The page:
Remede de Fortune
works of Guillaume de Machaut (ca. 1300-1377). Ballades, balladelles, rondelets, rondeaux and complaintes: Micheal Collver, alto; John Fleagle, tenor, harp; Shira Kammen, vielle; Laurie Monahan, mezzosoprano; Crawford Young, lute; with guest Robert Mealy, vielle
An eloquent, haunting recording. Passion and refinement combine here in convincing balance. Mauchaut's advice not to trust Fortune still rings painfully true.
--The Boston Phoenix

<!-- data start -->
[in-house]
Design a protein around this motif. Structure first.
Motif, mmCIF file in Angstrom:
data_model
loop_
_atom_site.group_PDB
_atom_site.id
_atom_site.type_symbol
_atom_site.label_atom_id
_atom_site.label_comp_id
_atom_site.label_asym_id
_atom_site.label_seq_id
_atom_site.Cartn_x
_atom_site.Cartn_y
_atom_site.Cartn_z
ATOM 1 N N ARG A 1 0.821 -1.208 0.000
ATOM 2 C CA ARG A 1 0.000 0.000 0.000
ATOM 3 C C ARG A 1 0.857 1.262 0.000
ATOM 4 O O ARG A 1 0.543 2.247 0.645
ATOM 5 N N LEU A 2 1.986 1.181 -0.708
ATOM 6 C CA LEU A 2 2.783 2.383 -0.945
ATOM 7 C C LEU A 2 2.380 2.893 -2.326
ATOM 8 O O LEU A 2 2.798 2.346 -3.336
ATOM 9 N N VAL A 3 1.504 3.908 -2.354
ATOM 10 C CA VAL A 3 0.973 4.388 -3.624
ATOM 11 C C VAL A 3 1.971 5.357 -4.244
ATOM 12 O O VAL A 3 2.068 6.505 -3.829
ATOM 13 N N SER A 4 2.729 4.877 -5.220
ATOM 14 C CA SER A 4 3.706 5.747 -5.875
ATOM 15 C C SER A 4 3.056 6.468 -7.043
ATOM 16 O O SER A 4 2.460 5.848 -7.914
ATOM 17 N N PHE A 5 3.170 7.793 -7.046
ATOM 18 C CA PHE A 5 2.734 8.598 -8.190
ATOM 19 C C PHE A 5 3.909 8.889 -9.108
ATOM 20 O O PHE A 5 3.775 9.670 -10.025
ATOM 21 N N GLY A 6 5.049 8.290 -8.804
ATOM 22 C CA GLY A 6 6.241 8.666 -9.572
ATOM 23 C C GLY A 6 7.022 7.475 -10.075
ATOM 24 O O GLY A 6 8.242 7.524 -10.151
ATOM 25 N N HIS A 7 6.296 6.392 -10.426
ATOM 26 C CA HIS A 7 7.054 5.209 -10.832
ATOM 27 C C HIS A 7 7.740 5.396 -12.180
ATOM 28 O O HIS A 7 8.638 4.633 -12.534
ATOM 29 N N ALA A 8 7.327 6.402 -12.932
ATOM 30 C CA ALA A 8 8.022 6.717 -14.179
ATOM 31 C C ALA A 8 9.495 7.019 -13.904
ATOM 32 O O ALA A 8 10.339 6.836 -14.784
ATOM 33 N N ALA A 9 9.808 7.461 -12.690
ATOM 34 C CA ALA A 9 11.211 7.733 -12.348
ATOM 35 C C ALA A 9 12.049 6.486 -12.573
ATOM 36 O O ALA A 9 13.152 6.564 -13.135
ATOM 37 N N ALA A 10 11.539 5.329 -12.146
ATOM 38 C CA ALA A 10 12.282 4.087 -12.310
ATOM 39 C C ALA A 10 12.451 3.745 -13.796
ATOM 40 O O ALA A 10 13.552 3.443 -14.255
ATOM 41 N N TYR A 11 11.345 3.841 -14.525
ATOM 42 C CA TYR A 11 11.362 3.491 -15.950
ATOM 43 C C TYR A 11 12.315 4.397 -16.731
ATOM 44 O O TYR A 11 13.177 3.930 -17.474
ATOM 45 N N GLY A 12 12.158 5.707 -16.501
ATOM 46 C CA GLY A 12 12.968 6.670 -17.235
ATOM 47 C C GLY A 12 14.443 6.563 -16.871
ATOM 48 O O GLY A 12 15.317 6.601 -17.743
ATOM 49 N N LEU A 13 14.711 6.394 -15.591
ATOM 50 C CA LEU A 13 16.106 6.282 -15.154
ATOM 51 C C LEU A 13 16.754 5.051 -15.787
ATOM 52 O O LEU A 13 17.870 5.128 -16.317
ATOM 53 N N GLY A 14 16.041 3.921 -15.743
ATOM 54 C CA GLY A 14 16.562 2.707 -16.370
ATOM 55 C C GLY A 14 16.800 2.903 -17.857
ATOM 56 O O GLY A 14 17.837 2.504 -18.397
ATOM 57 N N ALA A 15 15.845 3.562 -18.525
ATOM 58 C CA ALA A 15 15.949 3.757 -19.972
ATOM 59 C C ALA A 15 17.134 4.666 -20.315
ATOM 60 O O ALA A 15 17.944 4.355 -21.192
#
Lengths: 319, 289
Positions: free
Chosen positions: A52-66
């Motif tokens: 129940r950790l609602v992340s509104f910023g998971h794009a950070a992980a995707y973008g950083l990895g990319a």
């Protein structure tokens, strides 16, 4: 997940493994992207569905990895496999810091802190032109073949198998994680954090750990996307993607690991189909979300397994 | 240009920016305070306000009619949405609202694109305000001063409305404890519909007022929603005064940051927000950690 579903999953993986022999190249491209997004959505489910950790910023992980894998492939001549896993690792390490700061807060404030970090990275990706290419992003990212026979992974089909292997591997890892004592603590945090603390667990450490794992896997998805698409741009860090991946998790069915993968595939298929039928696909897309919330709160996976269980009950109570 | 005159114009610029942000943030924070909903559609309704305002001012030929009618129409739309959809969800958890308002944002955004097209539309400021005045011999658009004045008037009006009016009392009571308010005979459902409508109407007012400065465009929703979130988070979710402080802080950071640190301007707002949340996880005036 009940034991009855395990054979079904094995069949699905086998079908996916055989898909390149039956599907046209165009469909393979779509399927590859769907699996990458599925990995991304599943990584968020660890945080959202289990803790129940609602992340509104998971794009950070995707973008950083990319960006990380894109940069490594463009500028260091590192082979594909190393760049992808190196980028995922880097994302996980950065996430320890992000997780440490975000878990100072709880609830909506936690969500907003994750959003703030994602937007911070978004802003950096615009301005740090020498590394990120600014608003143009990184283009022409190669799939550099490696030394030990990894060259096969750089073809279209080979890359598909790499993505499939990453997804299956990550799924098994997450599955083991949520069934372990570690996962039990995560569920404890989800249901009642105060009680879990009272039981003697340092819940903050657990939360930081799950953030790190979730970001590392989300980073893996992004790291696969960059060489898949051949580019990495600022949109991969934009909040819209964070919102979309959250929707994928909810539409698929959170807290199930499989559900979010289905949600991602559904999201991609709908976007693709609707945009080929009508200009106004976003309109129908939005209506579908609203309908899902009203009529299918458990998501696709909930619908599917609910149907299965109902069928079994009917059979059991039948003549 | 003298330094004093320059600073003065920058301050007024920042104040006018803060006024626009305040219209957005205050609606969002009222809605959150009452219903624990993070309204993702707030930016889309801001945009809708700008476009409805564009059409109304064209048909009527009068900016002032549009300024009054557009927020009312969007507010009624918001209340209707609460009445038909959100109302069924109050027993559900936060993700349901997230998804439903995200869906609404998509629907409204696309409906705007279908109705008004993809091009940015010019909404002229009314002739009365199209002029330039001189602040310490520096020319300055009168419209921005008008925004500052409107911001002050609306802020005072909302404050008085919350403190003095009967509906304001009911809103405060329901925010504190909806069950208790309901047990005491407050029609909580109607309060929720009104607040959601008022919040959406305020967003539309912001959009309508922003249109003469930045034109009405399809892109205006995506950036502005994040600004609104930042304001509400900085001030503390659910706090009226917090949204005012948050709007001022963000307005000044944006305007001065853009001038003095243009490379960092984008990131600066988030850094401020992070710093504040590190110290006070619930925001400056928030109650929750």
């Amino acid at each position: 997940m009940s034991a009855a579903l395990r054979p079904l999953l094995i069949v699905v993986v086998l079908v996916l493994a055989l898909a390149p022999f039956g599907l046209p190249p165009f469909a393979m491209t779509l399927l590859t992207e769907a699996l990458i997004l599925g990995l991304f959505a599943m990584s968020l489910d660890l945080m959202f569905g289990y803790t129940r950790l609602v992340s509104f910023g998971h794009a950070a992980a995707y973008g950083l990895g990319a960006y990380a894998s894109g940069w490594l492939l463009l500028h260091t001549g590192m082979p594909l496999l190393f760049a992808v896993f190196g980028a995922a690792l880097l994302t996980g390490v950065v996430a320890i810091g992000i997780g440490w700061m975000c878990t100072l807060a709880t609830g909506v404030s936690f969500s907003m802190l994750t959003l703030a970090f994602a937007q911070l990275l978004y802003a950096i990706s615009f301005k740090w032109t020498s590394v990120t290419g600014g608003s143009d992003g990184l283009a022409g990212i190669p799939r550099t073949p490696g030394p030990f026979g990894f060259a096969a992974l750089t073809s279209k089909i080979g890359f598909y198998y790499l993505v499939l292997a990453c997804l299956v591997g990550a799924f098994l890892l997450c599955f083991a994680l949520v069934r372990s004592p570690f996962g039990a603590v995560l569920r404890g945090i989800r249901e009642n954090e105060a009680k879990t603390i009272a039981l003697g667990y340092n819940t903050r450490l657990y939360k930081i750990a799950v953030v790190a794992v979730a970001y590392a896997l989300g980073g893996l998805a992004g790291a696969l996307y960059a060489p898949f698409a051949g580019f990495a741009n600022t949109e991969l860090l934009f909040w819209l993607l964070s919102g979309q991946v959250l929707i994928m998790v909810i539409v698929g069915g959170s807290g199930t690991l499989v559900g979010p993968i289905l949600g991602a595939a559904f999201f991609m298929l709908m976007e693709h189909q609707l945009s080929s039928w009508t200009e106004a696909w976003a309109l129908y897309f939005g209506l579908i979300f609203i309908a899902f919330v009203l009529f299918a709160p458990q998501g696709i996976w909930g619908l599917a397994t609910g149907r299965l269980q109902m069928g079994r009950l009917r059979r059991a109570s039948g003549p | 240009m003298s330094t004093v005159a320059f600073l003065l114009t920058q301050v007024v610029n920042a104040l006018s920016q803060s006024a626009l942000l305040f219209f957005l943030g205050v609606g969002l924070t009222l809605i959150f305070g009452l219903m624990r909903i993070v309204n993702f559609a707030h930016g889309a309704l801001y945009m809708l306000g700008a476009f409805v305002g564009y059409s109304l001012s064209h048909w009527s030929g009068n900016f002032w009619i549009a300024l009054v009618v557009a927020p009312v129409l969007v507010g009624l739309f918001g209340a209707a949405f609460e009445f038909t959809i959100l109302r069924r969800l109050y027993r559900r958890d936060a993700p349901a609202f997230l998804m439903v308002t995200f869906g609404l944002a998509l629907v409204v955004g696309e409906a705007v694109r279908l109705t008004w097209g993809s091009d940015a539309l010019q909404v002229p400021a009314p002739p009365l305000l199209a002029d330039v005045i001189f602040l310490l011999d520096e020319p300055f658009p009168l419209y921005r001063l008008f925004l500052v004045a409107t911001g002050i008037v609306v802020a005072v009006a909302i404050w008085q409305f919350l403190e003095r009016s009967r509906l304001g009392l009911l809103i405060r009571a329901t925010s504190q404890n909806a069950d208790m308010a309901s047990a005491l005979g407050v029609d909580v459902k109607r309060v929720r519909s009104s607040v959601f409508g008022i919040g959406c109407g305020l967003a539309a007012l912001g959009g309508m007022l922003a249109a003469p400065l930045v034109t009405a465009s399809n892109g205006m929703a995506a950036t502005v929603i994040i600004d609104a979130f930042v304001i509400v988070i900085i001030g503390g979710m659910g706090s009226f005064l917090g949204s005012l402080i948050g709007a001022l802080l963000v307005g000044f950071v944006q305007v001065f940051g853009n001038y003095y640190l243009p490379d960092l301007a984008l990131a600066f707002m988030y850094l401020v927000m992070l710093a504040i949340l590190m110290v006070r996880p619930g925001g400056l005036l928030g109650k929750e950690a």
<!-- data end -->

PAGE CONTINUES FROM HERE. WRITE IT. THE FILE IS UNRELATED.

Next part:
The most influential 'dit amoureux' or courtly love poem in Medieval Europe, the "Remede de Fortune" of Guillaume de Machaut (1300-1377) secured its creator's position as the premiere poet musician of 14th century France. Written around 1340 for the extravagant court of Jean of Luxembourg, King of Bohemia, the 4300 lines of the "Remedy of Fortune" codify with extreme refinement the complaints of chivalric love expressed in the previous century's famous "Roman de la Rose". A little less than a fourth of the Remede text is presented with notated music, but it is exceptional as the only long work of its kind integrating both said and sung poetry. The earliest extant copy of this work is also exceptional as one of the most extraordinary illuminated manuscripts of the period, featuring remarkably naturalistic scenes of courtly life. It was probably commissioned in 1350 by the future King Jean le Bon as a memorial to his wife Bonne, the daughter of Machaut's patron. Bonne, who had succumbed to the plague in 1349, has often been identified as the Lady of the Remede, and its inspiration.
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